With minimal dialogue beyond beeps and blips and sci-fi sounds, the two fall in love. Well, Wall-E falls in love.
Wall-E surrenders one of his sacred possessions, a tiny plant, which triggers EVE's programming and sends her back to her space station.
Wall-E has to make the decision whether to stay in his world or chase the girl of his dreams. WALL-E – a romantic robot who endlessly rewatches two numbers from "Hello Dolly:" the big, bright dance number "Put on Your Sunday Clothes," and the romantic love song, "It Only Takes a Moment" every night after work -- takes his chances to follow EVE aboard Axiom, a giant luxury liner in space carrying all the humans, who have been lounging around for centuries, waiting to return to Earth.
The station is populated both by a legion of robots and the descendants of those who populated Earth that they serve. Thanks in part to the hand-and-foot service of the robots, humans have become massive, flabby beings with tiny, almost-vestigial limbs. They move about the space station in moving recliners equipped with screens, in their own virtual worlds, avoiding human contact.
The computerized powers at the station regard the plant as proof that Earth is ready to be re-colonized. Unfortunately there's someone who doesn't want to go back and the conflict ensues.
At the heart of it, this is a love story. Set in space. With robots.
This movie is more than the sum of its parts. The love story is sweet to the point of saccharine, but still manages to pull at the heart-strings. There is never a moment in which the audience isn't rooting for Wall-E and his simple hope of a hand held. Our sweetly bedraggled hero's slapstick wooing efforts keep the laughs coming even as the heart is breaking.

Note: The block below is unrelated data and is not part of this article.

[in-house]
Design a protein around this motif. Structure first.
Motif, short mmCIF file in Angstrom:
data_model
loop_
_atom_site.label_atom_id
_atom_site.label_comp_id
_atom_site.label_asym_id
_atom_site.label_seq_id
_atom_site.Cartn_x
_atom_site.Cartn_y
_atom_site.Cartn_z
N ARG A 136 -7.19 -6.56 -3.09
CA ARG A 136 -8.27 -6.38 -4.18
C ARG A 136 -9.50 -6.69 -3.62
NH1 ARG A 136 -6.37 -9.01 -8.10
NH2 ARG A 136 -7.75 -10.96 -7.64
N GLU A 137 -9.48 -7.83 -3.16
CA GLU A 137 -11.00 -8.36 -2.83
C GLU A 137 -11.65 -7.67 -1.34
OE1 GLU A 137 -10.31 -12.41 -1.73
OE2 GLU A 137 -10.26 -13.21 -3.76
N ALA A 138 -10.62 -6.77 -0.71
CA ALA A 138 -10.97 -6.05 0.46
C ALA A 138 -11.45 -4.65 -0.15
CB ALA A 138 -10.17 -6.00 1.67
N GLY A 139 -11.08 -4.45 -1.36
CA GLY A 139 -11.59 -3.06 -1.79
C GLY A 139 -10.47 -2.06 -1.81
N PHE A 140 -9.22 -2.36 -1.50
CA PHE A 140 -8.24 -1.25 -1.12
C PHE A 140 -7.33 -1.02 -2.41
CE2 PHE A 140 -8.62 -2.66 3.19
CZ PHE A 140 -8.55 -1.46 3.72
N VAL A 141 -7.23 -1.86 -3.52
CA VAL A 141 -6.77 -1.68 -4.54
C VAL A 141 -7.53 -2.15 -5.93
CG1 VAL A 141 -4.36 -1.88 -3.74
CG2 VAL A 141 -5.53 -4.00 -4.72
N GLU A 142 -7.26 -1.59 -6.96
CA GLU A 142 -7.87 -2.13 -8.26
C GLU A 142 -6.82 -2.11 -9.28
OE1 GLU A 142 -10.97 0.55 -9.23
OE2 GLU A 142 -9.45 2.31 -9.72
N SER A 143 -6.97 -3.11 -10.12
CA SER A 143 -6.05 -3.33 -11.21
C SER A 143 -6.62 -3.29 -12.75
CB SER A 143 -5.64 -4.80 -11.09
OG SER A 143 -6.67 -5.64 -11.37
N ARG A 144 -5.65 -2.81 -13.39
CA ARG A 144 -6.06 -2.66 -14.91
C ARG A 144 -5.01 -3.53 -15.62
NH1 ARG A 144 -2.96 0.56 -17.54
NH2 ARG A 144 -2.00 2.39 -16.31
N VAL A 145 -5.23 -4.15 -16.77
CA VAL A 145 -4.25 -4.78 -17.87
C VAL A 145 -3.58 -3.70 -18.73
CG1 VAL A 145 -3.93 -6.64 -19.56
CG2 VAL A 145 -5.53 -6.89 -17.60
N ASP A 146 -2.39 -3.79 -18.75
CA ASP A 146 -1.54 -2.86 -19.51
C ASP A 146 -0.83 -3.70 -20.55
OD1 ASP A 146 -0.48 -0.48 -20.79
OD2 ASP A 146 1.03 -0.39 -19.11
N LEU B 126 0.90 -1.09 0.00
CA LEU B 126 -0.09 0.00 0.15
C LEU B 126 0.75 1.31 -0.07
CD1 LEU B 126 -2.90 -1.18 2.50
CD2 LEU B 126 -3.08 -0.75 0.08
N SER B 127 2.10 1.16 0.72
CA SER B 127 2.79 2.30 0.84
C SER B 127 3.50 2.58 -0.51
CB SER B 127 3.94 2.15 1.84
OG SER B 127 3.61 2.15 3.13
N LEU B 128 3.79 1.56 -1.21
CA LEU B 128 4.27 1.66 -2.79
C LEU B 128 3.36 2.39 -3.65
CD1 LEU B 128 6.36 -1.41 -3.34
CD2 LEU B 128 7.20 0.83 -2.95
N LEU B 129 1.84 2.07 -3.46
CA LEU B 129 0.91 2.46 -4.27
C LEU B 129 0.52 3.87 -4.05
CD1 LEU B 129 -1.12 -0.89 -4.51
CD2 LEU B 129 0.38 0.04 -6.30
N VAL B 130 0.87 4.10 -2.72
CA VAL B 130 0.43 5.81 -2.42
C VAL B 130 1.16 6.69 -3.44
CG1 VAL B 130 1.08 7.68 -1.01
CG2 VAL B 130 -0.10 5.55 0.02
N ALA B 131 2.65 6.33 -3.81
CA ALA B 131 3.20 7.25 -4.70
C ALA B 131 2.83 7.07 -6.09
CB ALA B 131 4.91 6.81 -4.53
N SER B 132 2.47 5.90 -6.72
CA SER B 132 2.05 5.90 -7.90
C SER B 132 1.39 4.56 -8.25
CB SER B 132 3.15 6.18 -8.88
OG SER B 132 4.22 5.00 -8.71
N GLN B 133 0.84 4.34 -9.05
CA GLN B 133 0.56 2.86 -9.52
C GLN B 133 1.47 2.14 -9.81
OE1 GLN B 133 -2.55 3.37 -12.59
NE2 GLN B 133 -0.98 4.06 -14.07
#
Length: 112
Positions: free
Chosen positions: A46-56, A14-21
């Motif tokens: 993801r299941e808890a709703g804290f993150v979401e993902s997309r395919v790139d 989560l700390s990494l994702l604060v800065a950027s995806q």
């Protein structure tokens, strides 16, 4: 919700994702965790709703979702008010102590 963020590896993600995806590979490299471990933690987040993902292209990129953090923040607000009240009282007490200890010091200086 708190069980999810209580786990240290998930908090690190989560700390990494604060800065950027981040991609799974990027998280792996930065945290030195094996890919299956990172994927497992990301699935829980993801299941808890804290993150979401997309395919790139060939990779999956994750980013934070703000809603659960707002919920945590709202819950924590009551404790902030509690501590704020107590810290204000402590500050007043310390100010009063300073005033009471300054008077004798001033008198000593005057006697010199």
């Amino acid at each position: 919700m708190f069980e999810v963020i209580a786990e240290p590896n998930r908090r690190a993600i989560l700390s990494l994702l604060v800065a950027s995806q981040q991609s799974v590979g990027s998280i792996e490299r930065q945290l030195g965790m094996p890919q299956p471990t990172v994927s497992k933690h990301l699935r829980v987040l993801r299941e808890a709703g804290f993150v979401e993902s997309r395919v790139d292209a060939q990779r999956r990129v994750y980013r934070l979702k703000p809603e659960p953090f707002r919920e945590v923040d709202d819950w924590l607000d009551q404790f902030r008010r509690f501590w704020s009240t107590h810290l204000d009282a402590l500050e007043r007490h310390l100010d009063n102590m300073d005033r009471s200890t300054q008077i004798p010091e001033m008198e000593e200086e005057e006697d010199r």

But, even more important for an animated movie, the visual elements of this movie are majestic and overwhelming. The camera moves like a real one – with zooms, pans, foreground shots, background details – everything you'd find in live action – and gorgeous. The movie takes us from a devastated Earth to the brilliant stars. The amount of detail takes the breath away and is worth the price of admission just to take in a fraction of the splendor. It's worth a second or a third admission, too.
As Wall-E's cherished song goes, it only takes a moment to fall in love and any moment from this movie will do the trick.
It's Pixar, which means I automatically get to add my two cents (one cent after taxes). This movie really is a treat for the eyes. The opening sequence is amazing - just the scope and size of an entire city filled with towers of trash is something to behold.
True, it's definitely got a strong enviromental message, but that pretty much takes a back seat to our two little robots blossoming romance. The story is solid and fun, drawing laughs and tears at the same time. This is, and probably will be, one of the year's best films.